Classes in ‘Pablo’-ravaged Mindanao reopen to damaged school buildings
DAVAO CITY — The resumption of classes this January will not be the usual return from the holidays for children here, when schools and Early Childhood Care and Development (ECCD) centers re-open after the Christmas break. Thousands of children will continue to be displaced with up to 95% of school buildings, classrooms and day care centers damaged or destroyed in the four most affected provinces following Typhoon Pablo in Mindanao, Philippines. Consequently, these children have no school buildings, interrupting their education.
More than 600 schools and 170 day care centers were destroyed or damaged. The right of evacuees to be housed in safe accommodation is fully recognized. This has to be realized while simultaneously fulfilling the right of children’s access education.
Classes resumed on January 3 for both elementary and secondary schools. Children were given informal sessions (psychosocial support involving games, drawing, singing, dancing), until January 14 when formal academic classes started. This will also give people time to re-locate, for teachers to track children, and for schools and classrooms to be repaired and cleaned up.
Plan International, Save the Children, World Vision and UNICEF, the four child-focused agencies, highlight the critical importance of education and early childhood care in emergencies. The following joint statement highlights this urgent issue in more detail.
Of the total 6.2 million people affected by Typhoon Pablo, 2.3 million were estimated to be children under 18 years old. For the 700,000 people most affected in the 3 provinces most seriously damaged by Typhoon Pablo (Davao Oriental, Compostela Valley and Agusan del Sur), an estimated 294,000 are children. In any emergency, children are one of the most vulnerable groups. They are highly vulnerable to dropping out of school or discontinuing attendance of day care sessions.
As the effects of the typhoon continue to become more apparent, threats to education of the affected populations are high. Children’s right to education should not be given any lower priority compared with other critical needs in the aftermath of Typhoon Pablo in view of its life-saving and life-sustaining nature.
Education in Emergencies
The four child-focused agencies urge all government agencies, local representatives and communities and humanitarian partners to pay particular attention to the needs and rights of children in emergencies including but not exclusive to the following:
· Education, including ECCD opportunities, should be seen as a primary component of an initial humanitarian response, along with other emergency response interventions. The rhythm of schooling and being able to interact with other children is essential for children to regain a much-needed sense of routine, stability, structure and hope for the future, which in turn is critical for their psychosocial recovery.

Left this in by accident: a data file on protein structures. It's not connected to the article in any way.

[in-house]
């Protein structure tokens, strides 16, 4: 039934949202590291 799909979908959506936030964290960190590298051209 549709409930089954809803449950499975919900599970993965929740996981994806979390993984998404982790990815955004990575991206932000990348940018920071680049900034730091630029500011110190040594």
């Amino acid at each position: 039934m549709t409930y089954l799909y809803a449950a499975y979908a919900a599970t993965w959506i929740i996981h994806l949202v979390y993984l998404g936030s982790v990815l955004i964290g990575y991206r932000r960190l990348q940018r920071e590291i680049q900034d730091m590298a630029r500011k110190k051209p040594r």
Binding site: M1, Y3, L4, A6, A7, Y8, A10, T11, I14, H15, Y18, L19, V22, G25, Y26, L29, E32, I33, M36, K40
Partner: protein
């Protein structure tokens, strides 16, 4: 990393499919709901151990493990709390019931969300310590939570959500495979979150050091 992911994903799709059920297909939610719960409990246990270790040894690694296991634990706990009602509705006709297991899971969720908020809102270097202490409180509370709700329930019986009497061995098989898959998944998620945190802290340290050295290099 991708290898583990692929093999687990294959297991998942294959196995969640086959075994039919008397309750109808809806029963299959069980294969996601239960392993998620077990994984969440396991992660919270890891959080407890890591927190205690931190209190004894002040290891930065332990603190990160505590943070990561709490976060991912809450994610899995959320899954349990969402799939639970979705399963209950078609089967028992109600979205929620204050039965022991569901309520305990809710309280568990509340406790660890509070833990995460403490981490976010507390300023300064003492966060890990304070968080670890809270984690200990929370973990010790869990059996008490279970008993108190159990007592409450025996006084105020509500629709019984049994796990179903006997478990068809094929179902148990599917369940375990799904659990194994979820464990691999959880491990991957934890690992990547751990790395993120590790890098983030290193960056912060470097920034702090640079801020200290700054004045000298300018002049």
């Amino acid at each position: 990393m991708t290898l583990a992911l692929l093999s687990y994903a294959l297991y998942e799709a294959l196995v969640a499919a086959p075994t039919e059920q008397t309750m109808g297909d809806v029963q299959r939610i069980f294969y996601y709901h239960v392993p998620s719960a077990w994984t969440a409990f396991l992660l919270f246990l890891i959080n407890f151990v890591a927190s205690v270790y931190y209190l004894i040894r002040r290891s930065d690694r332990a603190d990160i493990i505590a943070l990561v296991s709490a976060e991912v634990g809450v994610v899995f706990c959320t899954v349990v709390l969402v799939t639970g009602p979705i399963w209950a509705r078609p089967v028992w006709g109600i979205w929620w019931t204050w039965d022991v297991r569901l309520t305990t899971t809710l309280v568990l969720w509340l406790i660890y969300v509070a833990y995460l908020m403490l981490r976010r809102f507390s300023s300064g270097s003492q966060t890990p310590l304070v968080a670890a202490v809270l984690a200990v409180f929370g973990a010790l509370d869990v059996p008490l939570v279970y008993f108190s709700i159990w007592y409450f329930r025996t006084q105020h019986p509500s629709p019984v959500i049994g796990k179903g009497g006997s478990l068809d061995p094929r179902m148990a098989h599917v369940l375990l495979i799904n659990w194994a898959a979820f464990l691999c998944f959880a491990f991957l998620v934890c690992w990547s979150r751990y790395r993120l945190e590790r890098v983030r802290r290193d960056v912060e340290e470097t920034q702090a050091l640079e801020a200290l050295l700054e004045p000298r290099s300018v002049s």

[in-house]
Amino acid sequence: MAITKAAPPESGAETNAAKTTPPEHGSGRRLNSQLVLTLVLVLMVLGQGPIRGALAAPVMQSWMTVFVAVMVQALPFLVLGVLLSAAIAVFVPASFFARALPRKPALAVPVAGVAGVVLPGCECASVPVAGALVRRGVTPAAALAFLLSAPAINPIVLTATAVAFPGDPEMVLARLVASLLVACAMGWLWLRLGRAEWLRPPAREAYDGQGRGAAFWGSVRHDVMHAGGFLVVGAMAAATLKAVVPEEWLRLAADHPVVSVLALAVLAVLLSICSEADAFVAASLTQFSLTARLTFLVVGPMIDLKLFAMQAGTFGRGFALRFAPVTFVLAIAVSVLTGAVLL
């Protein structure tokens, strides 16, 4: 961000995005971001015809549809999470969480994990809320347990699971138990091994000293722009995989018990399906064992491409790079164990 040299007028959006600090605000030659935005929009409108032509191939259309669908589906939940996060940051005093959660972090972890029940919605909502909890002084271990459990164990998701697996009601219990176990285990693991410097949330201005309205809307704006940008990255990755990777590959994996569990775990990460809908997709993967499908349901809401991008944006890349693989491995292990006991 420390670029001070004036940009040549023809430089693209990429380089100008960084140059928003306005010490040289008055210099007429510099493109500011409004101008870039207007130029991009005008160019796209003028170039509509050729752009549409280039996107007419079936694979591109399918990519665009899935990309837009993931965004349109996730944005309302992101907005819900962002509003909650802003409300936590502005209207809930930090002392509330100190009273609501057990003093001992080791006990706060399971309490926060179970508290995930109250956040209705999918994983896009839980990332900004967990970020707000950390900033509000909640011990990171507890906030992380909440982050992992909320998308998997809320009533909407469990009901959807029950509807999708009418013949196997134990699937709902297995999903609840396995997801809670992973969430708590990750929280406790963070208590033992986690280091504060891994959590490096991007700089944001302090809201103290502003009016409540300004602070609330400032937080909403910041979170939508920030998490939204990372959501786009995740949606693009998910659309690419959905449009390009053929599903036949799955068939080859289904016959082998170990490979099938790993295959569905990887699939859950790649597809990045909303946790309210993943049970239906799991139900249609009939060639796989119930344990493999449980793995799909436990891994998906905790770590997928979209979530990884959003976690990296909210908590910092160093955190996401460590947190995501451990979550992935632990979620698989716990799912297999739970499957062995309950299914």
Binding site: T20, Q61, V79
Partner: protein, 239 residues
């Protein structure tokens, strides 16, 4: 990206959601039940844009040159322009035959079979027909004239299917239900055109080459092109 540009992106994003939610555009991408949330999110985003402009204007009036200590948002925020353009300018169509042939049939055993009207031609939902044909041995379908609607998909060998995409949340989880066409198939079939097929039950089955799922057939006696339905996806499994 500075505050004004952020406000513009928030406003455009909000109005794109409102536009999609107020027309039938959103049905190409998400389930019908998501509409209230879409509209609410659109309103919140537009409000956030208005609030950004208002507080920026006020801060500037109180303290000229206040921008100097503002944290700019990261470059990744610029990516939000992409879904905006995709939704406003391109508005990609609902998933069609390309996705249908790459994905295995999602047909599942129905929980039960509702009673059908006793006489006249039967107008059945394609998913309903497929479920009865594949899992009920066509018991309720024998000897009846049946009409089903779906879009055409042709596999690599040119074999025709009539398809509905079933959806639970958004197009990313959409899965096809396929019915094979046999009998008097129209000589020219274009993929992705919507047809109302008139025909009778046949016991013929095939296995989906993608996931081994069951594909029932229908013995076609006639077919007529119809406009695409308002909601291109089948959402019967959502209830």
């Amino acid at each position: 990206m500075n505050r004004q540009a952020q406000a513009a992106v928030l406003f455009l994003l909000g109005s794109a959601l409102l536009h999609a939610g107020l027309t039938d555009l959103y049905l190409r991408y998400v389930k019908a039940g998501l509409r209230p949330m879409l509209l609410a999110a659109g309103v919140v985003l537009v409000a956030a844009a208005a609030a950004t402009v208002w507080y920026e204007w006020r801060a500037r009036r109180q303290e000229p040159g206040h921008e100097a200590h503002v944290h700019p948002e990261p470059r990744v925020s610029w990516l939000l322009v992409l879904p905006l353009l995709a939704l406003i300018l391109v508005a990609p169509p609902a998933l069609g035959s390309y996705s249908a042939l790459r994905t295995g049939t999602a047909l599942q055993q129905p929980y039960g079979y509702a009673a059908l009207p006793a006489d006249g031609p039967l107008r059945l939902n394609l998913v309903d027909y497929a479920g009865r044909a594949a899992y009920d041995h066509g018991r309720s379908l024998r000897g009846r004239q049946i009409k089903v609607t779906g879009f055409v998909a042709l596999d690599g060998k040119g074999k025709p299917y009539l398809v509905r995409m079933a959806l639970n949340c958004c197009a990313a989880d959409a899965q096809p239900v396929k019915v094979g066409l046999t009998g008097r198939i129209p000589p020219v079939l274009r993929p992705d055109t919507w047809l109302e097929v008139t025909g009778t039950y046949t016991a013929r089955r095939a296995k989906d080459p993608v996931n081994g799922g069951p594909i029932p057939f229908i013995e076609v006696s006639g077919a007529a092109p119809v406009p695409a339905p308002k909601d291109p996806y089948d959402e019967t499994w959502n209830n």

· Disasters disrupt the schooling of children and adolescents. Children and adolescents may get involved in hazardous work; become vulnerable to the risks of trafficking and early marriage; and later on be forced to drop out from school. When a child is in a safe learning environment, he or she is less likely to be exposed to these risks. In addition, education can convey life-saving information to strengthen critical survival skills and coping mechanisms such as protection from violence and abuse including trafficking and sexual exploitation and essential health/sanitation/hygiene information.
· Schools should only be used as evacuation centers as a last resort and for the shortest possible time. In situations when schools have been destroyed or damaged, or when schools are used as evacuation centers for longer periods of time, children’s right to education should be promoted by setting-up Temporary Learning Spaces, which includes training teachers on how to run these spaces, providing back-to-school kits and teaching-learning kits.
· Temporary Learning Spaces are also used as a convergence point for other services especially those provided by Education, Child Protection, WASH, Health and Nutrition and Shelter Clusters. Temporary Learning Spaces include psychosocial support and awareness sessions on child and adolescent protection (including gender-based violence) and health (including proper nutrition and adolescent sexual and reproductive health). All Temporary Learning Spaces must have access to water and sanitation services including separate latrines for boys and girls.
· Apart from physical support, the immediate psychosocial support services for all displaced and affected education workers in the worst-hit areas is also critical to help them recover from stress. In turn, this will enable them to restore the learning environment for affected children.
· Setting up of Temporary Learning Spaces, and planning the provision of necessary back-to-school supplies is being undertaken.
· Plan International, Save the Children, World Vision and UNICEF will continue to work closely with the Philippine Government, the Department of Education and other humanitarian partners who, with their commendable efforts, are addressing the urgent and pressing needs of children in emergencies.
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